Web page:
“Can I ask you a clinical question?” She was a nurse practitioner and 30-something weeks pregnant.
“Sure.” We were done reviewing her labs, discussing childbirth education and listening to the baby.
“How much amniotic fluid is enough?”
I felt a jolt that made my heart beat faster and made me sit up straighter. Did she know? From 27 weeks onward, all I could think about was amniotic fluid. Make more, baby! I wanted my baby to have more than the 1.2cm they saw at that routine ultrasound.
No, she couldn’t know. She had just had an ultrasound the week before, maybe she was curious about her own fluid then.
“Well, it depends on the gestational age,” I said calmly. “At term we like it between 5 and 25. Amniotic fluid is very important. I know a few things about it.” I learned the hard way. I can tell you this: 1.2 is bad. Very bad. Babies need fluid to grow, to develop their lungs. When the fluid is too low, babies can die. Mine did. “Yours was 18, perfectly midrange.” What I would have done for 18!!
I was brought back to January, when I was still pregnant with Mabel. I had patient who had twins. She was due the day before me. The ultrasound in our office showed that her babies had low fluid at thirty-two weeks pregnant. “What happens if there is low fluid?” she had asked me. I told her how fluid is needed to help their lungs develop. The good news for her is that if this low fluid was real (we were going to get a specialist ultrasound to confirm), she was late in pregnancy and so the babies had had a fair amount of time to develop their lungs. The follow up ultrasound showed good fluid. It was a one-day fluke for her. She had her babies and they lived.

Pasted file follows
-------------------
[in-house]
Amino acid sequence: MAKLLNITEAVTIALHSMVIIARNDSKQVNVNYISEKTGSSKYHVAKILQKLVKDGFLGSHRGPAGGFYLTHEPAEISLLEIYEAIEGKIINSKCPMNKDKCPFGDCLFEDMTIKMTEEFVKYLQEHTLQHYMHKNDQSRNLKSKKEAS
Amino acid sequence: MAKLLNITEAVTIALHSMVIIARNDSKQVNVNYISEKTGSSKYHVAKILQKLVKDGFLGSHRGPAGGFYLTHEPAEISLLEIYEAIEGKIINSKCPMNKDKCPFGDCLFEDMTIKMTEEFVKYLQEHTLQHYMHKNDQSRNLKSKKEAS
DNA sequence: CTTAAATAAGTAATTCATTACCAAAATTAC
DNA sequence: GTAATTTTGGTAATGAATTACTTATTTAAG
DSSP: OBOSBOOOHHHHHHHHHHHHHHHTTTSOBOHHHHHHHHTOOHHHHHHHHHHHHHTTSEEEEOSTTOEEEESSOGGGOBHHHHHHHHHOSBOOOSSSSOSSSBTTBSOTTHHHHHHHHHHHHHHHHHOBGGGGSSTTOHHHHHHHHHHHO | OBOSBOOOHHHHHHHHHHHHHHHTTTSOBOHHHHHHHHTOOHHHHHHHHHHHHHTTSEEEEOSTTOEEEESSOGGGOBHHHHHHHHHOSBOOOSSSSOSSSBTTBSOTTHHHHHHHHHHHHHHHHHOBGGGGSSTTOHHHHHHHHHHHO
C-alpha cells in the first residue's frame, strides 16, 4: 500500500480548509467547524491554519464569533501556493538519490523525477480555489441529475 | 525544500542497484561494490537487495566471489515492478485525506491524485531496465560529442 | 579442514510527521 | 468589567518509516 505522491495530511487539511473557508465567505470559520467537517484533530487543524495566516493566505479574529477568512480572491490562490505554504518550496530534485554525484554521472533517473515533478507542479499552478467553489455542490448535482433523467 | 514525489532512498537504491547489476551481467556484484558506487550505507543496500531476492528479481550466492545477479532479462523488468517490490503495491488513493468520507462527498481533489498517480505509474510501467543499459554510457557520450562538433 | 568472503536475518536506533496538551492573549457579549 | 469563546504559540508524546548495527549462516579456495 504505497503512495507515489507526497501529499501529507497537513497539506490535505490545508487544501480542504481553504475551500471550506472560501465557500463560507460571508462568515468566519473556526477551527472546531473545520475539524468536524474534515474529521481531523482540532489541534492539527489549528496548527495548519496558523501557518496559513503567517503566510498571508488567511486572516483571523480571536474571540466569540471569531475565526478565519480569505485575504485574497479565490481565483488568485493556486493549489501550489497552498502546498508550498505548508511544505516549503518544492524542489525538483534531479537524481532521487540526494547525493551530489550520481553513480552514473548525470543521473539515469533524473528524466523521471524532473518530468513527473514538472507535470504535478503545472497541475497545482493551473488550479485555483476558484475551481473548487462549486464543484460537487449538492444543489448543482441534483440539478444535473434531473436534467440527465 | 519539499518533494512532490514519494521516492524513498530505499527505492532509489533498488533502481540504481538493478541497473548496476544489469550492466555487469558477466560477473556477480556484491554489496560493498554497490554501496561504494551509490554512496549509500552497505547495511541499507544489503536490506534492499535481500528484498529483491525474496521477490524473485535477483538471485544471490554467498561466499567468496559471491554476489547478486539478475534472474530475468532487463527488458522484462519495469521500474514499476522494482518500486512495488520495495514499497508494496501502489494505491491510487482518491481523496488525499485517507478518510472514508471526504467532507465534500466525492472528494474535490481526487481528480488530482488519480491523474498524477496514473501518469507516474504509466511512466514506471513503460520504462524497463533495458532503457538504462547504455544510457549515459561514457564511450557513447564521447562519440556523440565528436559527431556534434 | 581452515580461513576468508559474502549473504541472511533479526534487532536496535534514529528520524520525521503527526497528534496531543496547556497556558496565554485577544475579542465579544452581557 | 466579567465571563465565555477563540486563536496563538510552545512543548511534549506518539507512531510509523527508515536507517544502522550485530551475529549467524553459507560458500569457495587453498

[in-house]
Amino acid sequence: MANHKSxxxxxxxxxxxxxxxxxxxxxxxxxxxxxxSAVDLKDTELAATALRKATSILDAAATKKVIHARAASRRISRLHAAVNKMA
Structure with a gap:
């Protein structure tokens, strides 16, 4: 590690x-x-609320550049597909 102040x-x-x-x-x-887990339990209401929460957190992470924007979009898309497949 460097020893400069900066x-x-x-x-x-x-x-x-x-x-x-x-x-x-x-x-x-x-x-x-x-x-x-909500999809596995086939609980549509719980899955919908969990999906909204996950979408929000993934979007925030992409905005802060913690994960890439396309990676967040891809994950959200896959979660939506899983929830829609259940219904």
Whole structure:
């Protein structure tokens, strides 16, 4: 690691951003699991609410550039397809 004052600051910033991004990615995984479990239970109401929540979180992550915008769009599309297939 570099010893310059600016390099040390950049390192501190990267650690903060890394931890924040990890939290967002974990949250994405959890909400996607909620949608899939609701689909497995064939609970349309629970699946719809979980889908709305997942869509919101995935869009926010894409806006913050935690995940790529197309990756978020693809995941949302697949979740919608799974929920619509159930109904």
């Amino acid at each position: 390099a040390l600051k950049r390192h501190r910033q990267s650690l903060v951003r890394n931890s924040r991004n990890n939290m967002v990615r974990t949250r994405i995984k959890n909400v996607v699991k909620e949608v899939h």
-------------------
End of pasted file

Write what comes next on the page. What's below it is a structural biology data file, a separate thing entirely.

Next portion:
My patient in front of me today went on to explain that her cousin is pregnant, due within a few week of herself. They often compare notes, checking with each other to see who has what going on. Amniotic fluid had been part of that conversation.
I wanted to tell her everything I knew about fluid and why I knew so much. But that would have entailed the words “my baby died.” If someone asked, I would tell; however if no one asked, I would not volunteer the info. That kind of information should only enter the patient room if invited. Otherwise I feel like I’m saying Look at me! Look at me! My baby died! Nothing but awkwardness would follow. And the visit was not about me- it was about the patient. So I left Mabel out of it unless she was asked about.
She seemed satisfied with my answer. The dangers of oligohydramnios danced through my head, but never left my mouth. She left her appointment without ever knowing how much that simple clinical questions stirred me.